The study by the National Women's Law Center in Washington analyzed the advertised premiums for men and women based on average current advertised premiums. Marcia D. Greenberger, co-president of the National Women's Law Center, said the study found that in states that have not banned gender rating, 92 percent of best-selling plans charge women more than men, even though the vast majority of these plans do not cover maternity services.
In most states, it is common for a female non-smoker to be charged more than a male smoker simply because she is a woman. Nationally, 56 percent of best-selling plans charge a 40-year-old woman who does not smoke more than a 40-year-old man who does smoke.
In states where maternity coverage is not mandated -- all but nine states -- 6 percent of health plans available to a 30-year-old woman provide such coverage, while in 25 states, there is no insurance plan available on the individual market that covers maternity services.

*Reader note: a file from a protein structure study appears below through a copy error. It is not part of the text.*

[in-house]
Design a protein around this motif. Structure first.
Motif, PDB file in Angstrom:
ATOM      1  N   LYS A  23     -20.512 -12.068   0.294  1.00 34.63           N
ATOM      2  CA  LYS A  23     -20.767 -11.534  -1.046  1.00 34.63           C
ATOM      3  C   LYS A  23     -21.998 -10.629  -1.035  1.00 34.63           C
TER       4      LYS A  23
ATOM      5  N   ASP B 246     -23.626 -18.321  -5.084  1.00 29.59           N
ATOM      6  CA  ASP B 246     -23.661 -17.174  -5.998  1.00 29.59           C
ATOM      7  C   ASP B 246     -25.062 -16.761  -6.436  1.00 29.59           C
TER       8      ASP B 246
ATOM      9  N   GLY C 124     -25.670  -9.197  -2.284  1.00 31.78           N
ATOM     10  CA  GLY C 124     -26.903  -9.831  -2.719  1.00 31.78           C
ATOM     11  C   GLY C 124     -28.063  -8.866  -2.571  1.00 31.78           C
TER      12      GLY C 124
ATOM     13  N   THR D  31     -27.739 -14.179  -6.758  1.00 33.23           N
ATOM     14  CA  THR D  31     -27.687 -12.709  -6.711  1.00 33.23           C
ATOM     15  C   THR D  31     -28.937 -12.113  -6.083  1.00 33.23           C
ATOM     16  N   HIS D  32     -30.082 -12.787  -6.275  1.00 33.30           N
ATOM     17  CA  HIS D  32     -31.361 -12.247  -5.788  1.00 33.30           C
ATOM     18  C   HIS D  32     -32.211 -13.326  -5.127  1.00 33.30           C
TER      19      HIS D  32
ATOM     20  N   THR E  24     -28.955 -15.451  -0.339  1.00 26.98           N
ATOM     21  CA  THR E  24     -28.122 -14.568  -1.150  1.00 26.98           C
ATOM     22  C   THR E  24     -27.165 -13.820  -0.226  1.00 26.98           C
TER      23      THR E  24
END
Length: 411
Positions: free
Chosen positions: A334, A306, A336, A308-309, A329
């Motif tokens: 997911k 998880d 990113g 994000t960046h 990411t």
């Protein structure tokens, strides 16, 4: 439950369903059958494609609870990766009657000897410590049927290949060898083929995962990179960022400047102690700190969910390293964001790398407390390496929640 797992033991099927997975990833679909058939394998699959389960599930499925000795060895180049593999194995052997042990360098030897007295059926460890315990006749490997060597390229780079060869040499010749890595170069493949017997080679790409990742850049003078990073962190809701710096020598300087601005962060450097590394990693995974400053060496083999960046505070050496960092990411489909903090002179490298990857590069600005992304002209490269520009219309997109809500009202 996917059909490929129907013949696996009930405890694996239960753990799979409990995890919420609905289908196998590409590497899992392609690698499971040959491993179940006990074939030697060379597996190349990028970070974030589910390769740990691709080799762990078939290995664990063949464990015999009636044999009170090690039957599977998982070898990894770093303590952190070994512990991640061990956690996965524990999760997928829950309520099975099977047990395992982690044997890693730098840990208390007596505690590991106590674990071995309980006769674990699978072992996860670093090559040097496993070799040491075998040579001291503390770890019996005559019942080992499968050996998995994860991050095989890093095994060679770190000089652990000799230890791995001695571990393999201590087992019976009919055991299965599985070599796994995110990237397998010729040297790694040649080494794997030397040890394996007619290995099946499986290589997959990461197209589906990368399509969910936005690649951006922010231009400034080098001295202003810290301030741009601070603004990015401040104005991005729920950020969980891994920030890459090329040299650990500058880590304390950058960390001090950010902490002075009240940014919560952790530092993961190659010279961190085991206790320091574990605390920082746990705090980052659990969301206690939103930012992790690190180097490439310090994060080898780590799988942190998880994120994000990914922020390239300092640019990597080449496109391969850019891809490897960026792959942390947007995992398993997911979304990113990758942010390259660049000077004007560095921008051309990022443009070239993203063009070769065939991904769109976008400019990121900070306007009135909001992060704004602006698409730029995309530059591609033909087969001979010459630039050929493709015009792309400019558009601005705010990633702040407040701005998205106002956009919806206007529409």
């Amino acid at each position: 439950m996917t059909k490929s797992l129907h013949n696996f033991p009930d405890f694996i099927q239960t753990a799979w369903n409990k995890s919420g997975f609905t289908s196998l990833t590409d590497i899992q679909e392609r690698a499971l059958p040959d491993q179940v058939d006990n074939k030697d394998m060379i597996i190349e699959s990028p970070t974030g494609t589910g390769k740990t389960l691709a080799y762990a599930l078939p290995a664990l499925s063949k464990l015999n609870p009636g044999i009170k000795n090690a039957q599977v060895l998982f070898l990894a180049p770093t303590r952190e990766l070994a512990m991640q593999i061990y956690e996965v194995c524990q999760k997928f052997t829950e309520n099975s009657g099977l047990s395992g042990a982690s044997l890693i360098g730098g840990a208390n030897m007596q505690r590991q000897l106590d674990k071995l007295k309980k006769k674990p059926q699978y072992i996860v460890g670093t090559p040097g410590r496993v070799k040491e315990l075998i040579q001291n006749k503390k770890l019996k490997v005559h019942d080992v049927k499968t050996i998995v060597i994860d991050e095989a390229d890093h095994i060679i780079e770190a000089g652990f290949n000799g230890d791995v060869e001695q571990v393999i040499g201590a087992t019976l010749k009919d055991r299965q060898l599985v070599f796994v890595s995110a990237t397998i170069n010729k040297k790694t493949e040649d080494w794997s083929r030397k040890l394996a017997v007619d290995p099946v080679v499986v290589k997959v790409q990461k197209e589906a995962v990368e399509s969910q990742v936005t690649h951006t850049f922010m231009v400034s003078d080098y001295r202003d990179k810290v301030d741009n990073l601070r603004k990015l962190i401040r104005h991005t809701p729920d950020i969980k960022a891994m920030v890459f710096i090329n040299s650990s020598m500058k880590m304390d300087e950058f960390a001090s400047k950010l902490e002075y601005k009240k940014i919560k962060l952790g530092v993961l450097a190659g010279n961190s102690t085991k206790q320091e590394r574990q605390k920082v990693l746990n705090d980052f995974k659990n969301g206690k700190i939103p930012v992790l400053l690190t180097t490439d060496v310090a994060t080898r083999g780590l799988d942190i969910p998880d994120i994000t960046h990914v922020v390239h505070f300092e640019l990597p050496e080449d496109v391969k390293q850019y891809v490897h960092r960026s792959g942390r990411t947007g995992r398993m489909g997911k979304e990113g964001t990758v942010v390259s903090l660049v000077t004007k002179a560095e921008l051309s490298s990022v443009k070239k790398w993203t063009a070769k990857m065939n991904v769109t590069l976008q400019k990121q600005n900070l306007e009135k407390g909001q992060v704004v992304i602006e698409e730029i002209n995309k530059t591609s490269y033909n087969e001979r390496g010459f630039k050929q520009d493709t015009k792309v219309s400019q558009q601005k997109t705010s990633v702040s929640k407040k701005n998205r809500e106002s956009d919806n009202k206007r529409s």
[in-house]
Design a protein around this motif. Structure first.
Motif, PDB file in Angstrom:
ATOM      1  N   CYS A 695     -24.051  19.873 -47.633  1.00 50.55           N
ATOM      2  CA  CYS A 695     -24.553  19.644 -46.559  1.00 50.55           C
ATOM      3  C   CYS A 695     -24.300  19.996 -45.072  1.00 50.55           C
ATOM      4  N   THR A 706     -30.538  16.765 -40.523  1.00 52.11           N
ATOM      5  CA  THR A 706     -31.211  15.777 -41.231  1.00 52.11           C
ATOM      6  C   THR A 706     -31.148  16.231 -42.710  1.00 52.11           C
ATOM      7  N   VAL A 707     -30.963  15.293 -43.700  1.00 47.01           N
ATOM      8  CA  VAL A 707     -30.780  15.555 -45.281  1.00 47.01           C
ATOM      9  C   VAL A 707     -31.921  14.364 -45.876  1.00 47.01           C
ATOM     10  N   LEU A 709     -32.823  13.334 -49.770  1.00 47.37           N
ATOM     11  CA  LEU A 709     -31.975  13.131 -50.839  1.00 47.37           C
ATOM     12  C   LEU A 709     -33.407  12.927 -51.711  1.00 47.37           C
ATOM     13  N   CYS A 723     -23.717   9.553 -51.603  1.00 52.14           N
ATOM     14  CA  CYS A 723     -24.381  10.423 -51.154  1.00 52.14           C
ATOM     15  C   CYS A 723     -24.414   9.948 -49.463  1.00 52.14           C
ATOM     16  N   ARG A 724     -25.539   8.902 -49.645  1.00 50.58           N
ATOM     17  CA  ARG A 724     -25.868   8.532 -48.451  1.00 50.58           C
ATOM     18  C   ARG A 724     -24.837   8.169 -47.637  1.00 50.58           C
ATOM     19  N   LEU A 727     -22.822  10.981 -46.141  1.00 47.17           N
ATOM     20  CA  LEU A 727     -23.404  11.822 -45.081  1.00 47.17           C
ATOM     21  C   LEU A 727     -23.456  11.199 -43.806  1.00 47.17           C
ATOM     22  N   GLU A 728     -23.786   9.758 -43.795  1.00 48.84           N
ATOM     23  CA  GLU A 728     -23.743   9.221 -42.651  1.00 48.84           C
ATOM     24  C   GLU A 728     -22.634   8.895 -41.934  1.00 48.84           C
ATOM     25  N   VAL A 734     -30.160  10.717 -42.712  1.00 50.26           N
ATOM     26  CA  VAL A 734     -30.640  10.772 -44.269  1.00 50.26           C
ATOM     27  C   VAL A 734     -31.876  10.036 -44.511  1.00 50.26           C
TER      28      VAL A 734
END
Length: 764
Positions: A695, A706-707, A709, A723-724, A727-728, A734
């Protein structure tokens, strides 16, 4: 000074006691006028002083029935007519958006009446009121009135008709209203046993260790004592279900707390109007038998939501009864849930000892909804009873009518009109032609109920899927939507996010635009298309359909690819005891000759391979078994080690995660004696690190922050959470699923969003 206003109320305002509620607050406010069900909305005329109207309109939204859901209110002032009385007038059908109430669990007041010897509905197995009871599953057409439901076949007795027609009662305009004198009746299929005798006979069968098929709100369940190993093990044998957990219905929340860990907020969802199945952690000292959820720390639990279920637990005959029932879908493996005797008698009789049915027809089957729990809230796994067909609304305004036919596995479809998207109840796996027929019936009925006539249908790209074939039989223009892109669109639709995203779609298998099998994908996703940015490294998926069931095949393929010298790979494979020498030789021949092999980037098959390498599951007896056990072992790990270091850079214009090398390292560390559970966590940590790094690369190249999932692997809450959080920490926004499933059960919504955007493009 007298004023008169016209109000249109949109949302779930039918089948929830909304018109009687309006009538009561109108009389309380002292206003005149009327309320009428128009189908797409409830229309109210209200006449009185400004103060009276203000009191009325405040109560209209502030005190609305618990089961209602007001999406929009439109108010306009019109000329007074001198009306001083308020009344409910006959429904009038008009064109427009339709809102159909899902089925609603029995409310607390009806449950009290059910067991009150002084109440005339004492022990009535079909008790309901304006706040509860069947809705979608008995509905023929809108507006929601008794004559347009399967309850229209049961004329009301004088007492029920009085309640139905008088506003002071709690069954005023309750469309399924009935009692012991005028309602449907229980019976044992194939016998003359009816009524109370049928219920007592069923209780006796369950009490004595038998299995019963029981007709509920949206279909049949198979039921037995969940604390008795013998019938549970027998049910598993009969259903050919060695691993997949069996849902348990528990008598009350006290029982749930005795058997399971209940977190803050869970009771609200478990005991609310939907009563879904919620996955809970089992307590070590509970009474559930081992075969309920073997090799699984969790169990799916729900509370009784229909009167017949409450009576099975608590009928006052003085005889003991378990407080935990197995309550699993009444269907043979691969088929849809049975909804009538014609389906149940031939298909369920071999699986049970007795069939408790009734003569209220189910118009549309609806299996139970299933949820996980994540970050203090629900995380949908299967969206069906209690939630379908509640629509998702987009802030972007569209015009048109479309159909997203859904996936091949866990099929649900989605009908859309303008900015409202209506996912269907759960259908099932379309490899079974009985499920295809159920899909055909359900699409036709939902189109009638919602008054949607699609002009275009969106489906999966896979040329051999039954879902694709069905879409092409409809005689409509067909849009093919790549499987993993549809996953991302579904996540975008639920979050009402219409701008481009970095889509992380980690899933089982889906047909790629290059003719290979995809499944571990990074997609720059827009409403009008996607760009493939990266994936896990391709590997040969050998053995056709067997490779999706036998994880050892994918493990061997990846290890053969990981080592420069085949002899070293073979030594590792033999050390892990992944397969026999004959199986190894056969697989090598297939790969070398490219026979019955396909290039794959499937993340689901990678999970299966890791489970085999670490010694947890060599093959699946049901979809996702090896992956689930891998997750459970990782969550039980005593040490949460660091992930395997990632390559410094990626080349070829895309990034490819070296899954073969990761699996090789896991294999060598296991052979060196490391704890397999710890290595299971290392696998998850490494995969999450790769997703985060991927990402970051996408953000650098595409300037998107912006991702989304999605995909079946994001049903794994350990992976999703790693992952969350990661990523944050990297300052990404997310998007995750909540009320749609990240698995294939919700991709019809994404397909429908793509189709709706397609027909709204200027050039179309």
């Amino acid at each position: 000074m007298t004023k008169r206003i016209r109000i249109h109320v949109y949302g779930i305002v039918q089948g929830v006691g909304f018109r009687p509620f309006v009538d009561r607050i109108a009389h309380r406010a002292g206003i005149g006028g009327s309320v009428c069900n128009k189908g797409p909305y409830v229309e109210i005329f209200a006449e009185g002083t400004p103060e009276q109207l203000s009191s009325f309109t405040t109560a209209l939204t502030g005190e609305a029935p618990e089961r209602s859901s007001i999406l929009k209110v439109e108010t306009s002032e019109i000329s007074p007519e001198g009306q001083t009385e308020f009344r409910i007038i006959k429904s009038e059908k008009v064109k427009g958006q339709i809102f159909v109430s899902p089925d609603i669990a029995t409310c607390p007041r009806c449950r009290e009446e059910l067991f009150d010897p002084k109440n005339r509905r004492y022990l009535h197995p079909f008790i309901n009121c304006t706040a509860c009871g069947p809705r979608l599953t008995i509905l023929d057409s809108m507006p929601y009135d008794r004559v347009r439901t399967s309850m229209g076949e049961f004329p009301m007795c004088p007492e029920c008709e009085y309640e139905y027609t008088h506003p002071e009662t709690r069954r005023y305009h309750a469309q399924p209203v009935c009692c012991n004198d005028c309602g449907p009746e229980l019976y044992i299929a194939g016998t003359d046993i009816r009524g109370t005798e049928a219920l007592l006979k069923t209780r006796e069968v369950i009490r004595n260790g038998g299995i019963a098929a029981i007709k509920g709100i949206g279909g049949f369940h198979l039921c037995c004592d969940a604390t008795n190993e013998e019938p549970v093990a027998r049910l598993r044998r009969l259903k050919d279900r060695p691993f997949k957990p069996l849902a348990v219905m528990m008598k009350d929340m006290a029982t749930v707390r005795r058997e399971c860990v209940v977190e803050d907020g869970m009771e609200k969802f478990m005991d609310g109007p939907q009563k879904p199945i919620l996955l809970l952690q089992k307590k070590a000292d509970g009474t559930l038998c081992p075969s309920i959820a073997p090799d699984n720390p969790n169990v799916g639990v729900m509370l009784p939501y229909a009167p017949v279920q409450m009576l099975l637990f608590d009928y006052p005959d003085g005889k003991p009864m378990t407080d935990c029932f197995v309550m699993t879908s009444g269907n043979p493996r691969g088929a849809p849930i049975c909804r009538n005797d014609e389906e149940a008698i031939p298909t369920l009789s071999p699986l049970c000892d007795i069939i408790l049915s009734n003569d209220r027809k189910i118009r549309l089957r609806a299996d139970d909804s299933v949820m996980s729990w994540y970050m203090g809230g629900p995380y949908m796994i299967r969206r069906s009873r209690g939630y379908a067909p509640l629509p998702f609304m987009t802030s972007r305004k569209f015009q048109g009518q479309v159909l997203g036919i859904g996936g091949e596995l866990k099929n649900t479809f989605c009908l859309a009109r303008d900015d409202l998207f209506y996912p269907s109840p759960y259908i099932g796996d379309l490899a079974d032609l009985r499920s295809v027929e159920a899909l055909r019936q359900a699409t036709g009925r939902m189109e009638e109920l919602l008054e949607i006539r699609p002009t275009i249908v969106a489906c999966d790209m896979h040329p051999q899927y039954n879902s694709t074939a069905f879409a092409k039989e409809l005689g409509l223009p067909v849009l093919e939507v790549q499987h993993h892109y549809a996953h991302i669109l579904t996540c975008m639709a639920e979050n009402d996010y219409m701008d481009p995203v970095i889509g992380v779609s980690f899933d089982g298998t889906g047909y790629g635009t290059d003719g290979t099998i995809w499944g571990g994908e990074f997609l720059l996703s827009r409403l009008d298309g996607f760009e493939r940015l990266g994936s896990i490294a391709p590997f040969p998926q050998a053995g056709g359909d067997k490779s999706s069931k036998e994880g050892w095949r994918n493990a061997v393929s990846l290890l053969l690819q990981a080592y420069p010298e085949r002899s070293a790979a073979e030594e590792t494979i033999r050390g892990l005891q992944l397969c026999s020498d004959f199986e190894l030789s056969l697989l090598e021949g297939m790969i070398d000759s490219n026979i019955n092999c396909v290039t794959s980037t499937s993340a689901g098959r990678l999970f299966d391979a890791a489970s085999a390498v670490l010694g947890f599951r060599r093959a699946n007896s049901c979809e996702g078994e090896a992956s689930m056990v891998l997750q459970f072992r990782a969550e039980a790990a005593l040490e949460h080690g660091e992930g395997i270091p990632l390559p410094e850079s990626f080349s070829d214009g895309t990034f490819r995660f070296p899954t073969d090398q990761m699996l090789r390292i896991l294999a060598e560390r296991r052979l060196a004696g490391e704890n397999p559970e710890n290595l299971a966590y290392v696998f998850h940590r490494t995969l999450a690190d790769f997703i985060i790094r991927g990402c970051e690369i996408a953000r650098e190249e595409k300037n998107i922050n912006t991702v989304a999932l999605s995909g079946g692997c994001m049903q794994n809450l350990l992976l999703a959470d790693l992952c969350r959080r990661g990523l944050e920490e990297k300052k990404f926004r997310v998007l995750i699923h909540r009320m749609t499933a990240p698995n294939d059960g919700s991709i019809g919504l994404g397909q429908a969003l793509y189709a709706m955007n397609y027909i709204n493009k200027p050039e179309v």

Huge and arbitrary variations exist in each state and across the country in the difference in premiums charged to women and men -- even with maternity coverage excluded -- Greenberger said.
The report found insurance companies -- despite being aware of the discriminatory practices -- have not voluntarily eliminated the inequities. However, Greenberger said in a statement, the overcharging will end with the Affordable Care Act, which prohibits gender discrimination.
"It's important that women learn how the law corrects insurance discrimination," Greenberger said.
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